Co-extruded PVC profiles 61 are adhered to the inner and outer glazing sheets 21 and 22 with dark adhesive foam tape 60 and the profiles are in coincidental alignment with the printed dark stripe 66. When viewed at an oblique angle, because of the inner dark surfaces, a visual illusion is created of a single muntin profile. Instead of a flexible film for the center glazing pane, a rigid glass sheet can be substituted and to create the required decorative pattern, various pieces of decorative adhesive film can be laminated to the perimeter edge of the rigid sheet.

FIG. 9 shows a fragmentary perspective view of a triple glazing sheet 47 that simulates the appearance of a traditional divided-lite window and features wood muntin profiles 70 adhered to the glazing unit 47.

A decorative grid pattern 55 is applied to the center glazing sheet and typically the decorative grid pattern consists of a series of vertical 49 and horizontal 51 dark stripes made from adhesive plastic film material. Solid wood profiles 70 and 71 are adhered to the external surfaces of the glazing sheets 21 and 22 and the profiles 70 and 71 are generally in coincidental alignment with the center grid pattern 55. The profiles 70 and 71 are adhered to the glazing sheets 20 and 22 using dark shade adhesive foam tape and it is important that this foam tape fully extends across the bottom face of the wood profile.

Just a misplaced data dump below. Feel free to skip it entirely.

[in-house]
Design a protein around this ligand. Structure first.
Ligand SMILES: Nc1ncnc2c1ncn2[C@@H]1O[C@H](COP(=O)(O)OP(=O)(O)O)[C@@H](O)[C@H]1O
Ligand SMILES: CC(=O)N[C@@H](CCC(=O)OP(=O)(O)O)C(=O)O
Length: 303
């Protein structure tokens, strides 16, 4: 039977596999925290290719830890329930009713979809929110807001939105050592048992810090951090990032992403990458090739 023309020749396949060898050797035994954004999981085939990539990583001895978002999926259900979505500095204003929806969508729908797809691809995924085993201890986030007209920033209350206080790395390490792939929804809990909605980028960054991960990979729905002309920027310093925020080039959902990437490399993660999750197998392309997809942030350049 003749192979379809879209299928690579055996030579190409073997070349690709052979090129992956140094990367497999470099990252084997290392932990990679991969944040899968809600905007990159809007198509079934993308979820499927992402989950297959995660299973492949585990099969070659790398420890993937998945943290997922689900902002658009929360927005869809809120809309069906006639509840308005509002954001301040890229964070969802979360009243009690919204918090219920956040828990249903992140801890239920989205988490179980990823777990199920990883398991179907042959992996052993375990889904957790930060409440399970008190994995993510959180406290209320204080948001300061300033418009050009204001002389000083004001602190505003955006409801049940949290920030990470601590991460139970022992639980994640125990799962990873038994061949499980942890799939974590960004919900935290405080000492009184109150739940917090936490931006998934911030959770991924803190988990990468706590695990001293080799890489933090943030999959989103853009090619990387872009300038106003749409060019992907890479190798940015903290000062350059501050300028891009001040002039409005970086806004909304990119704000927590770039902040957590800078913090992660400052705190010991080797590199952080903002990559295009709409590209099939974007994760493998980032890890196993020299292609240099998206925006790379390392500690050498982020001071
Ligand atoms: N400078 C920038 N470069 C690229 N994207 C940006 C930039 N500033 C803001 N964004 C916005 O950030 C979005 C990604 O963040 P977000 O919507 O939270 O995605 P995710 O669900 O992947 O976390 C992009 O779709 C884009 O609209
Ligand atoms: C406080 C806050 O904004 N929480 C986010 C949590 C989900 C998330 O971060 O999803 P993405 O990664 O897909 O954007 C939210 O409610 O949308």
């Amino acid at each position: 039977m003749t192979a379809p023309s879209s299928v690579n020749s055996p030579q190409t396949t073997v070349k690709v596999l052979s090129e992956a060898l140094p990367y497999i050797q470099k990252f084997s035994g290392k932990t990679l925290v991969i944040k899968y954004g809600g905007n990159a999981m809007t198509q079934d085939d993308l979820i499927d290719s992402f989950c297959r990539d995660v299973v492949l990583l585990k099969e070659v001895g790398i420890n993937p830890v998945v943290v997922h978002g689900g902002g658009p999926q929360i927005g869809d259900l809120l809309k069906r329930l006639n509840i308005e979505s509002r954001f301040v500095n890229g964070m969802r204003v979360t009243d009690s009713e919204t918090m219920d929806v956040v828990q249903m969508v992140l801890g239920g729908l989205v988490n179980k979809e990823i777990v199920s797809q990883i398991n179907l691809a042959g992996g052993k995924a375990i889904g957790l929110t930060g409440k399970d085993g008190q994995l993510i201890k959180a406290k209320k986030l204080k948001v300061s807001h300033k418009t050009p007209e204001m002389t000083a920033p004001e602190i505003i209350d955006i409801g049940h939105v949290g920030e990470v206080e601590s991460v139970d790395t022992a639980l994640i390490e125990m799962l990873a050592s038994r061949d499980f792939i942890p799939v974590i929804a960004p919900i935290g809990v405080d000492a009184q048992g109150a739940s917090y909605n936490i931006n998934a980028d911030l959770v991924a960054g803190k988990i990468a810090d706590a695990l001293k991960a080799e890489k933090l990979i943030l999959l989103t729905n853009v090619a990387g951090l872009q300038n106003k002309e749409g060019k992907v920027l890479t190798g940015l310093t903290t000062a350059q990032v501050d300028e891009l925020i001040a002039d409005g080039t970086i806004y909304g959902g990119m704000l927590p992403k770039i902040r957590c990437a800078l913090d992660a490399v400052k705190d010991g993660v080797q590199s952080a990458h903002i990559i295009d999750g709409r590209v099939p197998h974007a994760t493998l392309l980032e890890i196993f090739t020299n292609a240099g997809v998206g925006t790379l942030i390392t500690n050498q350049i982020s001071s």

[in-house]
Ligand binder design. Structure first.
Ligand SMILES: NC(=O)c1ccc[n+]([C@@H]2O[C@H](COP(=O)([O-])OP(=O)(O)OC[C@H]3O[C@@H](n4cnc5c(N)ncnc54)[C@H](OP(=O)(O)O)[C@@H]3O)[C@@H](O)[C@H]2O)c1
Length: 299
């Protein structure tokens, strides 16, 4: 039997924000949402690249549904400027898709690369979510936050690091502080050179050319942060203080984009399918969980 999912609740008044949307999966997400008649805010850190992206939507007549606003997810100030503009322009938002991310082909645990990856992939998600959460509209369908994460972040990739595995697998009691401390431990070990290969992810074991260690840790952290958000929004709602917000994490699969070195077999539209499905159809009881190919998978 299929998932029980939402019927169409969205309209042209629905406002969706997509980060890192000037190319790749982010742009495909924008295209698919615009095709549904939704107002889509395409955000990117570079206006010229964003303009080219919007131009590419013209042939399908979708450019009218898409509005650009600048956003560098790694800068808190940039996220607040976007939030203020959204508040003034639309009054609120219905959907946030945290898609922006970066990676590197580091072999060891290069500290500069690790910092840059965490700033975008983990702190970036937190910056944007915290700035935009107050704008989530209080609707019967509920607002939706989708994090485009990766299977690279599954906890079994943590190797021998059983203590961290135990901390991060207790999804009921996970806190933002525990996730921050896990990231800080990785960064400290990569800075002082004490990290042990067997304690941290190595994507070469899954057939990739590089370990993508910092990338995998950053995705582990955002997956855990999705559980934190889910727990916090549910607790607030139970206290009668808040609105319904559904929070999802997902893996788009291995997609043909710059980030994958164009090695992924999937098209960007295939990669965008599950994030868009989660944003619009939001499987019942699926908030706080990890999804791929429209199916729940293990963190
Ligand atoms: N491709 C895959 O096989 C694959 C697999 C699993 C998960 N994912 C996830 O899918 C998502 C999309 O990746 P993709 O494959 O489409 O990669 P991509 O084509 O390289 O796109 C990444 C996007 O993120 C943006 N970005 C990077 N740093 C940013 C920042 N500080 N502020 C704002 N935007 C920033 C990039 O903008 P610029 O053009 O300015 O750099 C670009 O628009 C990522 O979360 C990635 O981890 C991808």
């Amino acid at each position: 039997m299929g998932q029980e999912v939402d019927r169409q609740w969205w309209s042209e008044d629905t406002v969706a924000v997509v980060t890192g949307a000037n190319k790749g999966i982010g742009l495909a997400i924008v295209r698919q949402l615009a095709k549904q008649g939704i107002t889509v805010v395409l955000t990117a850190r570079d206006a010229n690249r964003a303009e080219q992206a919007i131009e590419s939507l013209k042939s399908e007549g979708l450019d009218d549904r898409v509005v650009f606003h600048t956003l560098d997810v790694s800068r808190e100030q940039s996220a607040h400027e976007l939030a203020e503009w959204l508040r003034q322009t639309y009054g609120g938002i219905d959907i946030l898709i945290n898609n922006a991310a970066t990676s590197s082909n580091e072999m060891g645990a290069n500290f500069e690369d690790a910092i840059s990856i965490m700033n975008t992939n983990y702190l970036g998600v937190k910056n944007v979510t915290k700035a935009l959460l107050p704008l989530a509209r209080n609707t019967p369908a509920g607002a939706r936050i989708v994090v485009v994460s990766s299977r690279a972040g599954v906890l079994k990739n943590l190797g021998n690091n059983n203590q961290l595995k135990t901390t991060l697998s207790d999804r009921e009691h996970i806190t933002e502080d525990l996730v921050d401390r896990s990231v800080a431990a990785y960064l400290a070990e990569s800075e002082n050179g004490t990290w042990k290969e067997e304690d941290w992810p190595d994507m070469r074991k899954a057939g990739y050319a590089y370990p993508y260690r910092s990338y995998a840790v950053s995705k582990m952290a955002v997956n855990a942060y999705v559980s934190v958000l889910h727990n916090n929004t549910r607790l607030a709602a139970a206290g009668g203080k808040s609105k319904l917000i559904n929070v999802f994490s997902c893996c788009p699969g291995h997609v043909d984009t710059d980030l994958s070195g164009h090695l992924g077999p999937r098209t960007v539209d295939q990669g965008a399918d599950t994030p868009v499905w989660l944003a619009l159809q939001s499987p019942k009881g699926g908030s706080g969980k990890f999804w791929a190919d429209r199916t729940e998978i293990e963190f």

When the composite muntin grid assembly is viewed at an oblique angle, the visual illusion is created of a traditional divided lite window. Although both profiles in FIG. 9 are made from wood, an alternative option is for the interior profile to be made from wood while the exterior profile that is exposed to the weather is made from a hollow aluminum extrusion.

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Classifications
U.S. Classification428/34, 428/207, 52/786.1, 52/455, 52/786.11, 52/314
International ClassificationE06B3/66
Cooperative ClassificationY10T428/24901, E06B3/6604
European ClassificationE06B3/66A
Legal Events
DateCodeEventDescription
Oct 17, 2000ASAssignment
Jul 15, 2004FPAYFee payment
Year of fee payment: 4
Aug 4, 2008REMIMaintenance fee reminder mailed
Jan 23, 2009LAPSLapse for failure to pay maintenance fees
Mar 17, 2009FPExpired due to failure to pay maintenance fee
Effective date: 20090123